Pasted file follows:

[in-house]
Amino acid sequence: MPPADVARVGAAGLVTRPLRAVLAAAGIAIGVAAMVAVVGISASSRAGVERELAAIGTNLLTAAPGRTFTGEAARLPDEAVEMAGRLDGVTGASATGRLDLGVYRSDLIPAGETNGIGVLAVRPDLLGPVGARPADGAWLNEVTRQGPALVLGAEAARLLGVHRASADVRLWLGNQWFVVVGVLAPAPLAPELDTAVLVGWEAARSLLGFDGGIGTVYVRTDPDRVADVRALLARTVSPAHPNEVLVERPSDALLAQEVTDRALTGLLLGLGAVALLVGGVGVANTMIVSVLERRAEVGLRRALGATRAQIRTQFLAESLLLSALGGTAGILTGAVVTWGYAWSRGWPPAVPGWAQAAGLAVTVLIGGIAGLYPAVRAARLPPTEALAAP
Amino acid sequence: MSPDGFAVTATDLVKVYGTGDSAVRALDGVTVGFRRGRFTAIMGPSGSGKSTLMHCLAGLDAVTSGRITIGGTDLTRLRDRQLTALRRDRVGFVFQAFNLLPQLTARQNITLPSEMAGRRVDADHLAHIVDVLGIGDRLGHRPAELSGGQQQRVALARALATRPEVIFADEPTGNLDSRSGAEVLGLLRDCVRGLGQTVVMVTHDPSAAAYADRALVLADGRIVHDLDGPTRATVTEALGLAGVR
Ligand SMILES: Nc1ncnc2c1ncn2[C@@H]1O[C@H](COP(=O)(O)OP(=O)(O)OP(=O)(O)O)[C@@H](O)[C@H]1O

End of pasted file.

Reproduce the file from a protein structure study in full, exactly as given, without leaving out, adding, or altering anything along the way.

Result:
[in-house]
Amino acid sequence: MPPADVARVGAAGLVTRPLRAVLAAAGIAIGVAAMVAVVGISASSRAGVERELAAIGTNLLTAAPGRTFTGEAARLPDEAVEMAGRLDGVTGASATGRLDLGVYRSDLIPAGETNGIGVLAVRPDLLGPVGARPADGAWLNEVTRQGPALVLGAEAARLLGVHRASADVRLWLGNQWFVVVGVLAPAPLAPELDTAVLVGWEAARSLLGFDGGIGTVYVRTDPDRVADVRALLARTVSPAHPNEVLVERPSDALLAQEVTDRALTGLLLGLGAVALLVGGVGVANTMIVSVLERRAEVGLRRALGATRAQIRTQFLAESLLLSALGGTAGILTGAVVTWGYAWSRGWPPAVPGWAQAAGLAVTVLIGGIAGLYPAVRAARLPPTEALAAP
Amino acid sequence: MSPDGFAVTATDLVKVYGTGDSAVRALDGVTVGFRRGRFTAIMGPSGSGKSTLMHCLAGLDAVTSGRITIGGTDLTRLRDRQLTALRRDRVGFVFQAFNLLPQLTARQNITLPSEMAGRRVDADHLAHIVDVLGIGDRLGHRPAELSGGQQQRVALARALATRPEVIFADEPTGNLDSRSGAEVLGLLRDCVRGLGQTVVMVTHDPSAAAYADRALVLADGRIVHDLDGPTRATVTEALGLAGVR
Ligand SMILES: Nc1ncnc2c1ncn2[C@@H]1O[C@H](COP(=O)(O)OP(=O)(O)OP(=O)(O)O)[C@@H](O)[C@H]1O